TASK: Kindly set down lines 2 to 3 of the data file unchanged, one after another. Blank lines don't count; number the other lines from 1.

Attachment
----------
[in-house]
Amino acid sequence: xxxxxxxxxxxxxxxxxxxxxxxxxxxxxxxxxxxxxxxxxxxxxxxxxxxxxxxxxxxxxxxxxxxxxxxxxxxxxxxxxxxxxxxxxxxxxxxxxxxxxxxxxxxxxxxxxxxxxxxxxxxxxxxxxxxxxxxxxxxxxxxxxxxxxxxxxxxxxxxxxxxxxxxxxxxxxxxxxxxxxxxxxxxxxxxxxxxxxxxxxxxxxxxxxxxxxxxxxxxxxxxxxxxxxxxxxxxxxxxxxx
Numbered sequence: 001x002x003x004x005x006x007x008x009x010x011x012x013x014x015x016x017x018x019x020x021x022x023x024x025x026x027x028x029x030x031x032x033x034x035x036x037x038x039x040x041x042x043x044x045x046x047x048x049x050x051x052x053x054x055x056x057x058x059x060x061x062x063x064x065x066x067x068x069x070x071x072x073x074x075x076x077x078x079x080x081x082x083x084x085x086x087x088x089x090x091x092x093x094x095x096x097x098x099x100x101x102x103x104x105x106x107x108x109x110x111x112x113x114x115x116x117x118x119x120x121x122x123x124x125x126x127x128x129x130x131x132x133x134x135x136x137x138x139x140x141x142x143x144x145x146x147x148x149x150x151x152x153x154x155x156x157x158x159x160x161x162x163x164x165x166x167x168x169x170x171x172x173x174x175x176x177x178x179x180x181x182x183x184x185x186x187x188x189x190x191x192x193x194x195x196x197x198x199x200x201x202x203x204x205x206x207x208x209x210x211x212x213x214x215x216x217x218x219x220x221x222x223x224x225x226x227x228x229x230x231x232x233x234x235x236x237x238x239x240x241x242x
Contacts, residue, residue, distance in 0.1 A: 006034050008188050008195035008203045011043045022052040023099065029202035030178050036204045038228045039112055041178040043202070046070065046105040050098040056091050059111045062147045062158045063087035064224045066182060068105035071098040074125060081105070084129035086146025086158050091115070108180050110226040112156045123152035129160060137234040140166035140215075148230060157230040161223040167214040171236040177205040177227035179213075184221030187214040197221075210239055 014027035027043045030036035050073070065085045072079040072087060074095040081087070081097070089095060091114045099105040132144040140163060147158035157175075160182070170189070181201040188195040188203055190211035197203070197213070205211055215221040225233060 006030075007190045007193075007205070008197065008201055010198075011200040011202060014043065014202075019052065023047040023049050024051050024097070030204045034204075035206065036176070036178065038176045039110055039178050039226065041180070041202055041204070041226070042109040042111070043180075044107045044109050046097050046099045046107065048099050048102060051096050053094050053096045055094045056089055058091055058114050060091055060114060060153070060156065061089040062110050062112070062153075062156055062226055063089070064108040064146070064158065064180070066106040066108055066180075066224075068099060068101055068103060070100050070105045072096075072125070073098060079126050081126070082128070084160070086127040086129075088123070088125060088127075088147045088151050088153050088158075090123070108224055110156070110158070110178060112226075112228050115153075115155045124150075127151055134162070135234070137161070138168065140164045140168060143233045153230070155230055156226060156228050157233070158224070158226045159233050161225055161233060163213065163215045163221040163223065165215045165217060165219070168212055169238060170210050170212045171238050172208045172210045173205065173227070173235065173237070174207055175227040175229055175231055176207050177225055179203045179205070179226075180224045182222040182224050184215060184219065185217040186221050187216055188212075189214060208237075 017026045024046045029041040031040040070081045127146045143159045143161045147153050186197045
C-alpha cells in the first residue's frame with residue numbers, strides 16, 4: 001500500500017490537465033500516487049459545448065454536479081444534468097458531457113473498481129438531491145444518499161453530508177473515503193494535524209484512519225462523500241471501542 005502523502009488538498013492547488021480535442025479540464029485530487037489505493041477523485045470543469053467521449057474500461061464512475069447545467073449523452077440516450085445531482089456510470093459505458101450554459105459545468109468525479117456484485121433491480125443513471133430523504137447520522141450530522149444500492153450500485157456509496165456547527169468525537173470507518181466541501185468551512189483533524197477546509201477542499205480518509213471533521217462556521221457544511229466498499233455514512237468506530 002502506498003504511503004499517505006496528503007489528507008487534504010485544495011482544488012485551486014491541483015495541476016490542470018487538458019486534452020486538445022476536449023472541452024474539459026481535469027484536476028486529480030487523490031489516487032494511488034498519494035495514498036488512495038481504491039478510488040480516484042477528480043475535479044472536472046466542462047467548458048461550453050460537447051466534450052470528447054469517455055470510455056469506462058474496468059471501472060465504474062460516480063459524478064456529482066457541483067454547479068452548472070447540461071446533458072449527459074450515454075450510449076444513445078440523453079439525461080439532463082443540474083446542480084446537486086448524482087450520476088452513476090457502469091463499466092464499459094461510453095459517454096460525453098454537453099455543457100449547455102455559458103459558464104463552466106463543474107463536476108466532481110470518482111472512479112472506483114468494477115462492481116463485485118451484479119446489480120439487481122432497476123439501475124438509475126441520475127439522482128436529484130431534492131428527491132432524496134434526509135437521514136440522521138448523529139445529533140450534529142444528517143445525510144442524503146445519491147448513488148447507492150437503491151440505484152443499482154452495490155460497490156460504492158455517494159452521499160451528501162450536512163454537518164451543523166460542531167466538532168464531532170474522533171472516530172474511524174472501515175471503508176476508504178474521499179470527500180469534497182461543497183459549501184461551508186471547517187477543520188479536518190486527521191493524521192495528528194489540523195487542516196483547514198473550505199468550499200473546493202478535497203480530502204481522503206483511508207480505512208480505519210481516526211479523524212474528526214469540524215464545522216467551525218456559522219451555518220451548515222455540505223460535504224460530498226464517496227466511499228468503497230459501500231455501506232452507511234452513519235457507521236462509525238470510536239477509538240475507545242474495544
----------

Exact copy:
Amino acid sequence: xxxxxxxxxxxxxxxxxxxxxxxxxxxxxxxxxxxxxxxxxxxxxxxxxxxxxxxxxxxxxxxxxxxxxxxxxxxxxxxxxxxxxxxxxxxxxxxxxxxxxxxxxxxxxxxxxxxxxxxxxxxxxxxxxxxxxxxxxxxxxxxxxxxxxxxxxxxxxxxxxxxxxxxxxxxxxxxxxxxxxxxxxxxxxxxxxxxxxxxxxxxxxxxxxxxxxxxxxxxxxxxxxxxxxxxxxxxxxxxxxx
Numbered sequence: 001x002x003x004x005x006x007x008x009x010x011x012x013x014x015x016x017x018x019x020x021x022x023x024x025x026x027x028x029x030x031x032x033x034x035x036x037x038x039x040x041x042x043x044x045x046x047x048x049x050x051x052x053x054x055x056x057x058x059x060x061x062x063x064x065x066x067x068x069x070x071x072x073x074x075x076x077x078x079x080x081x082x083x084x085x086x087x088x089x090x091x092x093x094x095x096x097x098x099x100x101x102x103x104x105x106x107x108x109x110x111x112x113x114x115x116x117x118x119x120x121x122x123x124x125x126x127x128x129x130x131x132x133x134x135x136x137x138x139x140x141x142x143x144x145x146x147x148x149x150x151x152x153x154x155x156x157x158x159x160x161x162x163x164x165x166x167x168x169x170x171x172x173x174x175x176x177x178x179x180x181x182x183x184x185x186x187x188x189x190x191x192x193x194x195x196x197x198x199x200x201x202x203x204x205x206x207x208x209x210x211x212x213x214x215x216x217x218x219x220x221x222x223x224x225x226x227x228x229x230x231x232x233x234x235x236x237x238x239x240x241x242x